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"Dark Victory" (1939): A young socialite is diagnosed with an inoperable brain tumor and must decide whether she'll meet her final days with dignity. Bette Davis enjoyed one of her signature roles as a spoiled socialite facing terminal illness - with friend Reagan among those helping her toward a last chance to give her life meaning. "Knute Rockne All-American" (1940): "I've decided to take up coaching as my life work," Knute Rockne says. Coach he does, revolutionizing football with his strategies, winning close to 90 percent of his games, and helping establish the University of Notre Dame's "Fighting Irish" as a gridiron powerhouse. But victories alone do not mean success to Rockne. He wants to shape his players into responsible and honorable men. This famed sports biopic combines a passion for the game (and footage of actual Notre Dame contests) with two superb performances: Pat O'Brien in the title role and Ronald Reagan as George Gipp, the gifted but doomed halfback whose deathbed plea to "win one for the Gipper" remains one of cinema's most memorable quotes. And for the rest of his life, Reagan would often be called the Gipper. "Kings Row" (1942): It's a quaint turn-of-the-century small town with shady streets, swimming holes and the clip-clop of horse and buggy. But that peaceful exterior conceals human lives twisted by cruelty, murder and madness. "Kings Row" is one of Warner Bros.' most distinguished productions, highlighted by an outstanding cast, haunting James Wong Howe cinematography and a somber, emotion-laden Erich Wolfgang Korngold score. Ann Sheridan, Robert Cummings, Betty Field, Claude Rains and Charles Coburn give indelible performances and Ronald Reagan's portrayal of Drake, a cheerful ne'er-do-well shattered by tragedy, has been hailed as a career high. "Desperate Journey" (1942): When Flight Lt. Forbes and his crew are shot down after bombing their target, they discover valuable information about a hidden German aircraft factory that must get back to England. In their way across Germany, they try and cause as much damage as possible. Then, with the chasing Germans about to pounce, they come up with an ingenious plan to escape. Errol Flynn leads Reagan and other flyboys in a rousing wartime spirit-lifter. "Irving Berlin's This is the Army" (1943) - Irving Berlin's beloved songs propel a Technicolor musical spectacular based on the hit stage revue with an all-GI cast plus Hollywood's Reagan, George Murphy and Joan Leslie. "The Hasty Heart" (1949) - Monsoons drench them. The sun scorches them. Still, the Allies fight doggedly through Burma in 1945. For easygoing Yank (Ronald Reagan) and hard-headed Lachie (Richard Todd), the road to victory ends at a jungle hospital. With the help of a devoted nurse (Patricia Neal), they face a new battle called recovery. "Storm Warning" (1951) A fight for justice. Crusading D.A. Reagan joins Ginger Rogers and Doris Day in a courtroom battle against the Klu Klux Klan. "The Winning Team": Reagan and Doris Day catch baseball fever in the eventful tale of Hall of Fame pitcher Grover Cleveland Alexander.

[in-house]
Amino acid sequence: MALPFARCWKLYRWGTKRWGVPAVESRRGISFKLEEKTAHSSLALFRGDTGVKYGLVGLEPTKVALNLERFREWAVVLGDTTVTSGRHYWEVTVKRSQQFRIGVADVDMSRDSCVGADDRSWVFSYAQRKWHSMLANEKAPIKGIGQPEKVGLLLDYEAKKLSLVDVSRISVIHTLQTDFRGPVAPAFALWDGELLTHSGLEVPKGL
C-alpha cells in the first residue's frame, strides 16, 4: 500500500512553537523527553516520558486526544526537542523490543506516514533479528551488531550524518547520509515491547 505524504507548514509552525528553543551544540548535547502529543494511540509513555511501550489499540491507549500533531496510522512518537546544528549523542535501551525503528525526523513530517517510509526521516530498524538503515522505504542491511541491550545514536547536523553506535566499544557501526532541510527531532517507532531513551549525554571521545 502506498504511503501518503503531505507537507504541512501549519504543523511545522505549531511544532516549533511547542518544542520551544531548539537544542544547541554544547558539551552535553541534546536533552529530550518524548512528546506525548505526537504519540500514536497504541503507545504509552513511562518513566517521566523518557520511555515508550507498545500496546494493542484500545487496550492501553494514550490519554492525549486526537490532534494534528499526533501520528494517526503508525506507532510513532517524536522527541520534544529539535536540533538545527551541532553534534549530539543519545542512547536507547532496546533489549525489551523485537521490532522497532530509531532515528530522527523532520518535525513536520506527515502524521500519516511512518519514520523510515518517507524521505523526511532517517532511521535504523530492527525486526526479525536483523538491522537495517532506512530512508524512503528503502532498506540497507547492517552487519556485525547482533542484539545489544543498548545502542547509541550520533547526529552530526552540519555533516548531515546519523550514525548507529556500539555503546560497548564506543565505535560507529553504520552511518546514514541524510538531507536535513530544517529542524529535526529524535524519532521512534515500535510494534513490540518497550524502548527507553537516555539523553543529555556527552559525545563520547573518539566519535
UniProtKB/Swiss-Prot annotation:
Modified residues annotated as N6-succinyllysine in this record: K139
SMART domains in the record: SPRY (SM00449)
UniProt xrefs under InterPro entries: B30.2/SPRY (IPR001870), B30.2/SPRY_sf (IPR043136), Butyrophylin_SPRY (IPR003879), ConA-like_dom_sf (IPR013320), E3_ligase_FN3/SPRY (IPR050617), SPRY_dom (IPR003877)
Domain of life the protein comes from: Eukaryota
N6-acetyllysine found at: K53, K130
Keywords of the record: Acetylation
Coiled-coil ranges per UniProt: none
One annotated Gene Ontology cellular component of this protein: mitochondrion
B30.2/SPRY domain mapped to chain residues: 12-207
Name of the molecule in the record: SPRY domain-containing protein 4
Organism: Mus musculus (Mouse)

Audio Commentaries, Vintage Newsreels, Musical Shorts, Cartoons, and More.
Presented in Black & White.
|Starring:||Ronald Reagan, Bette Davis, Pat O'Brien, Ann Sheridan, Claude Rains, Charles Coburn, Errol Flynn, Doris Day|
|Studio Name:||Warner Home Video|
|Run Time (in minutes):||844 minutes|
|Audio Tracks:||AC, Dolby Digital|
|Shipping Weight (in pounds):||0.68|
|Product in Inches (L x W x H):||5.0 x 5.5 x 7.44|
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